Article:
John Toohey Chambers

The Supreme Court in Robinson -v- Fielding[1] concluded that Guidelines adopted by the Aboriginal Cultural Materials Committee for the determination of what is an Aboriginal site under the Aboriginal Heritage Act 1972 (WA) (AHA) are inconsistent with the definition of ‘Aboriginal site’ in the AHA.

This decision had the effect of contradicting an approach which Registrar of Aboriginal Sites and ACMC has been taking to Aboriginal Sites which has seen 22 sites removed from the Register and threatens to leave any sacred site not associated with ritual or ceremonial activity unprotected by the AHA and would remove from such sites the requirement under the AHA that the Minister for Aboriginal Affairs conclude that it is in the community interest to excavate, destroy, damage, conceal or alter the site.[2]


Statutory context

Section 5(b) of the AHA says that the Act applies to “any sacred, ritual or ceremonial site, which is of importance and special significance to persons of Aboriginal descent” and ‘Aboriginal site’ is defined to mean any place to which the Act applies.

The AHA establishes an Aboriginal Cultural Materials Committee (ACMC) with functions set out under s 39, including evaluating the importance of places alleged to be associated with Aboriginal persons and advising the Minister on questions referred to it. Section 39(3) prescribes that –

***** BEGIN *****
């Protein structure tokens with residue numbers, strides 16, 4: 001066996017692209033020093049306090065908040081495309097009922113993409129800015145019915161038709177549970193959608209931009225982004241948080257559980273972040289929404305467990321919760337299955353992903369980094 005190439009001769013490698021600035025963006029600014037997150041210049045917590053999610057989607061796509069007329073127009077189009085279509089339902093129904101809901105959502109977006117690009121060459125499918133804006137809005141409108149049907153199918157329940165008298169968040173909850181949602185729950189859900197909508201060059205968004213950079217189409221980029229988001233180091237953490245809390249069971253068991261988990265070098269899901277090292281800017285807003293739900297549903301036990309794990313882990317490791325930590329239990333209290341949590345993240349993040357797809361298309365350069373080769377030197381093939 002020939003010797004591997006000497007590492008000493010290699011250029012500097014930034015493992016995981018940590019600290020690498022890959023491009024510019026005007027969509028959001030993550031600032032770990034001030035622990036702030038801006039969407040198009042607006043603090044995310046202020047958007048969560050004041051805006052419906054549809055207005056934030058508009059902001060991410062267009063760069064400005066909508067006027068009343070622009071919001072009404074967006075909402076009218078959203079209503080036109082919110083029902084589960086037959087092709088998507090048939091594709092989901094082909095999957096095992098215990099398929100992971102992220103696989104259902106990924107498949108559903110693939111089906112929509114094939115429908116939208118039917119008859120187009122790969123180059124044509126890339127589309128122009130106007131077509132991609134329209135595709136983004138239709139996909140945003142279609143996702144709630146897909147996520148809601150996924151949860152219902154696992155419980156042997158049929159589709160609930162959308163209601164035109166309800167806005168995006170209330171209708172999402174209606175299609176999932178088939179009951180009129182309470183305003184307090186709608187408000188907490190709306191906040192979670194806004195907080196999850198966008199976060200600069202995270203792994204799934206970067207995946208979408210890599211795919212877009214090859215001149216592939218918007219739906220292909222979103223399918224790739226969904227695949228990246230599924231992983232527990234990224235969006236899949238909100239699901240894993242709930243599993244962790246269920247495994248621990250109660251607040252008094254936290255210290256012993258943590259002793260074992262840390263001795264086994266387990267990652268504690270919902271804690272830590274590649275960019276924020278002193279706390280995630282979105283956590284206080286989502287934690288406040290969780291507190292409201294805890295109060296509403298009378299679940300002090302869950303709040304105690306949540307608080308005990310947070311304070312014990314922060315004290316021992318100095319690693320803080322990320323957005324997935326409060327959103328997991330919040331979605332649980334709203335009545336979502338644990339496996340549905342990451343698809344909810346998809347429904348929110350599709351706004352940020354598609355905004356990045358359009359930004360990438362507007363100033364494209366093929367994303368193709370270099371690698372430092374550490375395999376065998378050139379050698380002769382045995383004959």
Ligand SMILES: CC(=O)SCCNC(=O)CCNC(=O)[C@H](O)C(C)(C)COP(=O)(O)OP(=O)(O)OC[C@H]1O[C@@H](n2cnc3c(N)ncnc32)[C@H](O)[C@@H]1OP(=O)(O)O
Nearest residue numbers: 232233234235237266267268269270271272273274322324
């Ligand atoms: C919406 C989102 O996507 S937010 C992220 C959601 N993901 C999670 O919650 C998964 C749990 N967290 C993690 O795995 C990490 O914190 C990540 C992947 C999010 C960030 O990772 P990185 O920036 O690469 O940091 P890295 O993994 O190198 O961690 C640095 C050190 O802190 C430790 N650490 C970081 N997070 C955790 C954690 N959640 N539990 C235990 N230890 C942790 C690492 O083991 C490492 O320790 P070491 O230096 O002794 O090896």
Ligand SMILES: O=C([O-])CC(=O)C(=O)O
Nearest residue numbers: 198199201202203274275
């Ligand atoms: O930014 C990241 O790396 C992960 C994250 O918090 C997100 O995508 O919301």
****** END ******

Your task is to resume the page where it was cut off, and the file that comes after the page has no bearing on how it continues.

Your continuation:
Associated sacred beliefs, and ritual or ceremonial usage, in so far as such matters can be ascertained, shall be regarded as the primary considerations to be taken into account in the evaluation of any place or object for the purposes of this Act.

The Registrar of Aboriginal Sites has the statutory function of maintaining a register of places to which the AHA applies.

Section 17 of the AHA makes it an offence to excavate, destroy, damage, conceal, or in any way alter, any Aboriginal site unless that person is acting with the authorisation of the Registrar under s 16 or with the consent of the Minister under s 18.

Section 18 of the AHA provides for the owner of land to obtain consent from the Minister to use land for a purpose which would otherwise breach s 17.

Recognition of Marapikurrinya Yintha site

The applicants in this case, Diana and Kerry Robinson, are a sister and brother who are part of the Marapikurrinya family group (or clan estate) and part of the Kariyarra native title claim group. They are directors of Marapikurrinya Pty Ltd (MPL), a company which carries out heritage work in the Port Hedland area

On 6 August 2008 the ACMC considered a s 18 notice issued on 17 April 2008 by BHP Billiton Iron Ore Pty Ltd (BHPIO) on behalf of the Port Hedland Port Authority (PHPA) and Mount Newman Iron Associates in relation to new berths to be located at Nelson point and further dredging of Port Hedland Harbour. The ACMC in considering that application formed an opinion that the Marapikurrinya Yintha which is a body of water encompassing the waters of the Port Hedland harbour together with numerous creeks adjoining those waters was an Aboriginal Site under that AHA and the Marapikurrinya Yintha was entered onto the Register of Aboriginal sites.

A report by Anthropos Australia which was prepared for MPL and BHP, states that the Port Hedland Harbour in its entirety is a Yintha (meaning living water) imbued with the life of the Warlu (rainbow serpent). The ACMC received an oral presentation by Diana and Kerry Robinson in relation to the significance of the Marapikurrinya Yintha and they were given an opportunity to comment and respond to a report by an Anthropologist, Kim Barber, assessing the reports of Aboriginal ethnographic surveys and a cultural impact assessment of the works proposed.